Karla turner   into the fringe - a true stiry of alien abduction
Karla turner   into the fringe - a true stiry of alien abduction
Karla turner   into the fringe - a true stiry of alien abduction
Karla turner   into the fringe - a true stiry of alien abduction
Karla turner   into the fringe - a true stiry of alien abduction
Karla turner   into the fringe - a true stiry of alien abduction
Karla turner   into the fringe - a true stiry of alien abduction
Karla turner   into the fringe - a true stiry of alien abduction
Karla turner   into the fringe - a true stiry of alien abduction
Karla turner   into the fringe - a true stiry of alien abduction
Karla turner   into the fringe - a true stiry of alien abduction
Karla turner   into the fringe - a true stiry of alien abduction
Karla turner   into the fringe - a true stiry of alien abduction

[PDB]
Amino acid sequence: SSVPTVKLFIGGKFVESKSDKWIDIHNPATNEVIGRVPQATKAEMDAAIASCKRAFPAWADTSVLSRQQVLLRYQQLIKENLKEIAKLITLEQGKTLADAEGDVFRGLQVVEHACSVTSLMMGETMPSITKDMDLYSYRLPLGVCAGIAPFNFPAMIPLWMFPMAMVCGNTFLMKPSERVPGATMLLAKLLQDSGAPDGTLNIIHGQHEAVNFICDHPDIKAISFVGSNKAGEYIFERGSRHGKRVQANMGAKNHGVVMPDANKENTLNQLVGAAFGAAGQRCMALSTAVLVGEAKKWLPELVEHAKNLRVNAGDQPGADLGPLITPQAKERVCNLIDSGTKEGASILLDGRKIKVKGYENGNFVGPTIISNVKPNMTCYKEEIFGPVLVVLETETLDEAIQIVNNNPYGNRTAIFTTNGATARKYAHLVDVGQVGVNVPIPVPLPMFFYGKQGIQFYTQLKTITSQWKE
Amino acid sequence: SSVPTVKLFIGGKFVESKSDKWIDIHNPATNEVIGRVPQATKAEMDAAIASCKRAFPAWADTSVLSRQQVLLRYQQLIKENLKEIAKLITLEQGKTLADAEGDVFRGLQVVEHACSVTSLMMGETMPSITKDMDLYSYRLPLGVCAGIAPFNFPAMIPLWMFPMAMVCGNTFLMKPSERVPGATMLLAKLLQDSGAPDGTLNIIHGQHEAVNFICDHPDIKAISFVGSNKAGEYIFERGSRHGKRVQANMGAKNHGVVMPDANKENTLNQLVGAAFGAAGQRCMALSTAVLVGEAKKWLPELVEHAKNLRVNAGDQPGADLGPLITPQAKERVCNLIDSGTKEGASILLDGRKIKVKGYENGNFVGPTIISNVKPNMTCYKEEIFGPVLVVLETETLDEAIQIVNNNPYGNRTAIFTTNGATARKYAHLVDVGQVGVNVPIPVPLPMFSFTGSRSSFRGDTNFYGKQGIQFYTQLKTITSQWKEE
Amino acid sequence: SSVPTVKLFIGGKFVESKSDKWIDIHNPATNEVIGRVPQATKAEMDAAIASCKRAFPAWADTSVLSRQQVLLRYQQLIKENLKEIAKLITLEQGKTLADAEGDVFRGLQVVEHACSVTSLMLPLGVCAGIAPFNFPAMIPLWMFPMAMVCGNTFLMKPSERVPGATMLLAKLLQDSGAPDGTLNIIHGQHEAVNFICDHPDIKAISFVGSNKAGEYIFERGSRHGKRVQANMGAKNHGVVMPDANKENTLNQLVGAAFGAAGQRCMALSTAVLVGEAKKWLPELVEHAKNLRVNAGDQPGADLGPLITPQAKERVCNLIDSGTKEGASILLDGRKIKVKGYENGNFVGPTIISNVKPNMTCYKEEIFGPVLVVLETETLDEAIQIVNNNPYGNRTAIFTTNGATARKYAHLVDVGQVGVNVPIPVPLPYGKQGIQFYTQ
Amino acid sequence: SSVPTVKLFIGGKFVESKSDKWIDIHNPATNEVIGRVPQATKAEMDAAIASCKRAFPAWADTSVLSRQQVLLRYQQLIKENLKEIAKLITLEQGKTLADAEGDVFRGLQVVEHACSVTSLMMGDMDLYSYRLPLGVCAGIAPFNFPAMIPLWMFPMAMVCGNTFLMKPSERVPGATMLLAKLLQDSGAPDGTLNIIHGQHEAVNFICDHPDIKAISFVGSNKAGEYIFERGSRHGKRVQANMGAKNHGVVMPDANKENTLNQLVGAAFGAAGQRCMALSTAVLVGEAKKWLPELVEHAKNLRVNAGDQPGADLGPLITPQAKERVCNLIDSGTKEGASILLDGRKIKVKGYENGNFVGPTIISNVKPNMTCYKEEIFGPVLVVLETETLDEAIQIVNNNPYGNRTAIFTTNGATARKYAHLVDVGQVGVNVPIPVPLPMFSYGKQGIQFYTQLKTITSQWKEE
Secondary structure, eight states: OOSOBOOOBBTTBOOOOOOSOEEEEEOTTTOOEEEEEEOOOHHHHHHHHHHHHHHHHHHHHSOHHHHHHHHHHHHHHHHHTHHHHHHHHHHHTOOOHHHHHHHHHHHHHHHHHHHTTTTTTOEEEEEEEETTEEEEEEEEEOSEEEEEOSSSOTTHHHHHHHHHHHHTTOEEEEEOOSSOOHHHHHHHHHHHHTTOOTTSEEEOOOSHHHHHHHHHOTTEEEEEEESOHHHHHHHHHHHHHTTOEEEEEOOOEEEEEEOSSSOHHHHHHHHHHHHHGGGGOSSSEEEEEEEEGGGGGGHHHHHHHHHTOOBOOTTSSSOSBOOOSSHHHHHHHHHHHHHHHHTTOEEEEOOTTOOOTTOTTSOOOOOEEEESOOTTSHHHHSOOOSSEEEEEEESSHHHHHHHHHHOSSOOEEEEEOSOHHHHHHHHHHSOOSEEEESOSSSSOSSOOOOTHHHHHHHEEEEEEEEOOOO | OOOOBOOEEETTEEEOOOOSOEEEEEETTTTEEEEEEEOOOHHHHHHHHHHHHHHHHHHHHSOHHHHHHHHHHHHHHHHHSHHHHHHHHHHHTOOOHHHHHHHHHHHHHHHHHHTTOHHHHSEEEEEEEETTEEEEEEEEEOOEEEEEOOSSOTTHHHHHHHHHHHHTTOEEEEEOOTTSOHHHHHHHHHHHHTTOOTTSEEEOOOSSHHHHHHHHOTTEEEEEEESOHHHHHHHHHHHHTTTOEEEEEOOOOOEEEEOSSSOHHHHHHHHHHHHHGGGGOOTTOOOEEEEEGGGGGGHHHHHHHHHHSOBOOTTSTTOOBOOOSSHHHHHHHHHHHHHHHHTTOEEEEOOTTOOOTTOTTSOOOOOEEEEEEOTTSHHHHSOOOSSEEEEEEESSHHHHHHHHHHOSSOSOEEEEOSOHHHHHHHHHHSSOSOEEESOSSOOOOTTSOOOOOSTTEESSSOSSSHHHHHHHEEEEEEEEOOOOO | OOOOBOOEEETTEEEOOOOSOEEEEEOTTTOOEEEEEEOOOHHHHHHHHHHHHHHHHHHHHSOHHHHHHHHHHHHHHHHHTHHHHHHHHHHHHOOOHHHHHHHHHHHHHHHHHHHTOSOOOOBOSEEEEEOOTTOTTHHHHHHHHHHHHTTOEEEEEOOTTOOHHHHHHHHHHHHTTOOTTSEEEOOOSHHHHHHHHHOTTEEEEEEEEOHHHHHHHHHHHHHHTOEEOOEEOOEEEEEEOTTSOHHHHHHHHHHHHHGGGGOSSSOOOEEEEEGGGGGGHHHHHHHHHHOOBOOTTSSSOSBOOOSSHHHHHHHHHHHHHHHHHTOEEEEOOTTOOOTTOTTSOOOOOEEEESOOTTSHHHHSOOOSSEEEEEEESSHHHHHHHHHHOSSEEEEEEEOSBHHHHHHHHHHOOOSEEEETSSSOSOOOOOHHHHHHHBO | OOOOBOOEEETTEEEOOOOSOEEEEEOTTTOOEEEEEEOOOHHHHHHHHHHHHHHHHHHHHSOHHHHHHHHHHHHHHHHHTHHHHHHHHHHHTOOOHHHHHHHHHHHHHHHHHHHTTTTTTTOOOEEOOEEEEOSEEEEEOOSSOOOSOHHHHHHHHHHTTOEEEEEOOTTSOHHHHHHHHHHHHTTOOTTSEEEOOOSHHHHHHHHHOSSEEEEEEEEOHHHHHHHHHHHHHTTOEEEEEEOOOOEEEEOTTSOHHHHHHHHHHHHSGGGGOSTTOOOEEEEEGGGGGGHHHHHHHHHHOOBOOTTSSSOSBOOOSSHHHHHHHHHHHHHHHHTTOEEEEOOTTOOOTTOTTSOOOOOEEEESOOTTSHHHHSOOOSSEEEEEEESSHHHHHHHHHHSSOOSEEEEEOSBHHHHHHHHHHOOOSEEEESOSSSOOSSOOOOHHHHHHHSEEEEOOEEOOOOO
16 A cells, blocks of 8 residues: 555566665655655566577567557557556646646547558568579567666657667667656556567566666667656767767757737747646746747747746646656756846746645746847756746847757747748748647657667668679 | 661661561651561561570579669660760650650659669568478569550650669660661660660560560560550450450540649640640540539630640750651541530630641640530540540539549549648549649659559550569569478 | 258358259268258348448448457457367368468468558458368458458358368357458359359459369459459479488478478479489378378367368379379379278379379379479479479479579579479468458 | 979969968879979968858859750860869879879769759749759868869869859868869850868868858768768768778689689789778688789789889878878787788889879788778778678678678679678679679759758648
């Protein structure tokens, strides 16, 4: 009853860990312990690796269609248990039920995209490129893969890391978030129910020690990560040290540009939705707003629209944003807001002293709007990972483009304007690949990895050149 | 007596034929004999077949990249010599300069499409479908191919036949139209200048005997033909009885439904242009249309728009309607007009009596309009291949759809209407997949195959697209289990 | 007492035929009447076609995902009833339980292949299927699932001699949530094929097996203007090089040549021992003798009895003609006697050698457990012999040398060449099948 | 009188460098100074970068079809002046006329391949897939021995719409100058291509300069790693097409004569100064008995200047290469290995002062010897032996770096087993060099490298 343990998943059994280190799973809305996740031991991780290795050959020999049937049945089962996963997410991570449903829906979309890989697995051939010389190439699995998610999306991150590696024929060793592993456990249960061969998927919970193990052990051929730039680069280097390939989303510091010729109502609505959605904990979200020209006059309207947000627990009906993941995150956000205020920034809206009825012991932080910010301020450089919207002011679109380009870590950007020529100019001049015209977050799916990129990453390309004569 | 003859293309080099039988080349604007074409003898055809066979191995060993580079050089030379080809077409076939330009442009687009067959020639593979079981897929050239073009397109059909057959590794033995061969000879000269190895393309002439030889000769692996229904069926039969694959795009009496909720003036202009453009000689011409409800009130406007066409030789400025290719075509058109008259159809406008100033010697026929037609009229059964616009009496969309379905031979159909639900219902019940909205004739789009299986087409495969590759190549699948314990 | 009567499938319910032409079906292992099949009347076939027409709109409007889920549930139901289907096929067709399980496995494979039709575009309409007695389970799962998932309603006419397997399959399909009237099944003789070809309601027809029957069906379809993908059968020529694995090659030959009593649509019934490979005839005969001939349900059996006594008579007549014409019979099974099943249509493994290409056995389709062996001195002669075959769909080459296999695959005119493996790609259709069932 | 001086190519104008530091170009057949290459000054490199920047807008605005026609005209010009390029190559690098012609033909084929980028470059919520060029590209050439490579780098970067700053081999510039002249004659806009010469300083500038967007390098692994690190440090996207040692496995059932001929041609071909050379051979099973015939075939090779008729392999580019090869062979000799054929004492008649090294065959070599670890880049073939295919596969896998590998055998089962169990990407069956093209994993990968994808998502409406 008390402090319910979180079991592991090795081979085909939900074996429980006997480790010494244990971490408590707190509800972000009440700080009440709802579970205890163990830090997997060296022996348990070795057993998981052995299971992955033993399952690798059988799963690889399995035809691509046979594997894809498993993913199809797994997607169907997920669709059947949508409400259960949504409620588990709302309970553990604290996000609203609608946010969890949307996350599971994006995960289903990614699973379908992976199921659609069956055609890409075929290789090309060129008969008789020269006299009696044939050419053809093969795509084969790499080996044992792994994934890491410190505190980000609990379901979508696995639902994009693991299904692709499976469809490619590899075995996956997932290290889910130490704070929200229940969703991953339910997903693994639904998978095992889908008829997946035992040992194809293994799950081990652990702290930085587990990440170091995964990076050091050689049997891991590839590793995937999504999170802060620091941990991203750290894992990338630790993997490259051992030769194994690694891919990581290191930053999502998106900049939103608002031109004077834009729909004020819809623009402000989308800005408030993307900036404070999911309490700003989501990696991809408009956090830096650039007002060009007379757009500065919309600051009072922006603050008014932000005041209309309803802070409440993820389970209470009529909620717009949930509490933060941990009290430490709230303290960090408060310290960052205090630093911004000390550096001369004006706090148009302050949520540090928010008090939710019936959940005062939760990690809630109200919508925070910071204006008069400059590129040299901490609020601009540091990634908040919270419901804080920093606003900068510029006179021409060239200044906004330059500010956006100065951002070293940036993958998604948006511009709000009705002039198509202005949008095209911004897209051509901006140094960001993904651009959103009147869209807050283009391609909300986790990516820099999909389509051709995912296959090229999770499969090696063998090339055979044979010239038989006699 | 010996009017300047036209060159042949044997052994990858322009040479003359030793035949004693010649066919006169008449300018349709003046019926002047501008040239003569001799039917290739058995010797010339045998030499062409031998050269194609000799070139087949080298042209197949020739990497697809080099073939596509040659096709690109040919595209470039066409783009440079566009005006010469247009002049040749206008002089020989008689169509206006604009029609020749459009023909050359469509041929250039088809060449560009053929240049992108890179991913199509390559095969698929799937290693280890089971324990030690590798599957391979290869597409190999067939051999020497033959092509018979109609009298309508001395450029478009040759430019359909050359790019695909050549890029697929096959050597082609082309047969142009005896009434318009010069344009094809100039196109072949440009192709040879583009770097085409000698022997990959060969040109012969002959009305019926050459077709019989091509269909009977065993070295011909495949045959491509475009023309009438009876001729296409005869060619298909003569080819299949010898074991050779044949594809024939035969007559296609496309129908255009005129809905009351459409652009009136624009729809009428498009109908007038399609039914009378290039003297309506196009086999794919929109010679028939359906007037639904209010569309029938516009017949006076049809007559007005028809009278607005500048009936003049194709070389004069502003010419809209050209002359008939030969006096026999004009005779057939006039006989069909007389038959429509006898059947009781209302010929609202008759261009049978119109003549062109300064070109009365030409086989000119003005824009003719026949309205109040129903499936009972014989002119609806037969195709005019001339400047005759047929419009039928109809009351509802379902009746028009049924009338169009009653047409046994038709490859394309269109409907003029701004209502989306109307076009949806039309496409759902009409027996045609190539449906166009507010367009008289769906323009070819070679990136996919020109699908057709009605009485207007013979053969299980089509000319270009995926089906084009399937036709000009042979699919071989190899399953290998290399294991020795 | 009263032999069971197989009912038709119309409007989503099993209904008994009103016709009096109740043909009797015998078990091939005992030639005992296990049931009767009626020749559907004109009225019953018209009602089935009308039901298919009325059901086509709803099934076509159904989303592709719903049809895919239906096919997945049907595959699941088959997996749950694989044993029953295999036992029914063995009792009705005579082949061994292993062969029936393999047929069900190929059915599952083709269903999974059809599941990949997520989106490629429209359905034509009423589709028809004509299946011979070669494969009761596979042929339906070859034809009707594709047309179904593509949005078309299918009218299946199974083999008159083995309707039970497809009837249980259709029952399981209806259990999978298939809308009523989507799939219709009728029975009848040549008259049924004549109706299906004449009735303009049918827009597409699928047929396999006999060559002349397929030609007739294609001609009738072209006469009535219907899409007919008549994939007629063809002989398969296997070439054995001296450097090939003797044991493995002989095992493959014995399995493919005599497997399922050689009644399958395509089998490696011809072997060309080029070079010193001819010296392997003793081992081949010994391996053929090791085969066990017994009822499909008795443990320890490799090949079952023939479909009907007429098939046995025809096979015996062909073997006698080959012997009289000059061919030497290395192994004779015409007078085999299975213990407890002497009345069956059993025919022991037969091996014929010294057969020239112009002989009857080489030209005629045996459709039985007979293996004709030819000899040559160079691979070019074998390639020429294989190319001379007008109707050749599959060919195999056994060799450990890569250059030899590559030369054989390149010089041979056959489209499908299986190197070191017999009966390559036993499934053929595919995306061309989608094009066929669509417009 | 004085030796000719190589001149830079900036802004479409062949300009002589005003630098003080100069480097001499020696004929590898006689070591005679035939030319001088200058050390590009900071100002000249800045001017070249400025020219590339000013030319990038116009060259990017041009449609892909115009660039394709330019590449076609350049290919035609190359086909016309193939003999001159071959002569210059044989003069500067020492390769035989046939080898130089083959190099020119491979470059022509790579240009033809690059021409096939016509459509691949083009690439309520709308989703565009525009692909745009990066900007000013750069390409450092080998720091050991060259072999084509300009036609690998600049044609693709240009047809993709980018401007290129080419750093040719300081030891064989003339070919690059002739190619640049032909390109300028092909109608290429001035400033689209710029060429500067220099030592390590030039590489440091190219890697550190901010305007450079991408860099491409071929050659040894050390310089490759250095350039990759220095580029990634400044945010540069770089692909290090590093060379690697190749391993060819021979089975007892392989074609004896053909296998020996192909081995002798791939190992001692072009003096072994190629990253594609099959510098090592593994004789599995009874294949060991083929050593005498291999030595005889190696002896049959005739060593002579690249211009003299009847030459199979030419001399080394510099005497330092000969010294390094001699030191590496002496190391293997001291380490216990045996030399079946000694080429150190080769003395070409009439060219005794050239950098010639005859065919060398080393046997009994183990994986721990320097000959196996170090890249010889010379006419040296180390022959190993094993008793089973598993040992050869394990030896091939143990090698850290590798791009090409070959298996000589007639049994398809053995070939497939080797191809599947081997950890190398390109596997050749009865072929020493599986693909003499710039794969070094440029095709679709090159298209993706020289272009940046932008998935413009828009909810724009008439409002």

Karla turner   into the fringe - a true stiry of alien abduction
Karla turner   into the fringe - a true stiry of alien abduction
Karla turner   into the fringe - a true stiry of alien abduction
Karla turner   into the fringe - a true stiry of alien abduction
Karla turner   into the fringe - a true stiry of alien abduction
Karla turner   into the fringe - a true stiry of alien abduction
Karla turner   into the fringe - a true stiry of alien abduction
Karla turner   into the fringe - a true stiry of alien abduction
Karla turner   into the fringe - a true stiry of alien abduction
Karla turner   into the fringe - a true stiry of alien abduction
Karla turner   into the fringe - a true stiry of alien abduction
Karla turner   into the fringe - a true stiry of alien abduction
Karla turner   into the fringe - a true stiry of alien abduction
Karla turner   into the fringe - a true stiry of alien abduction
Karla turner   into the fringe - a true stiry of alien abduction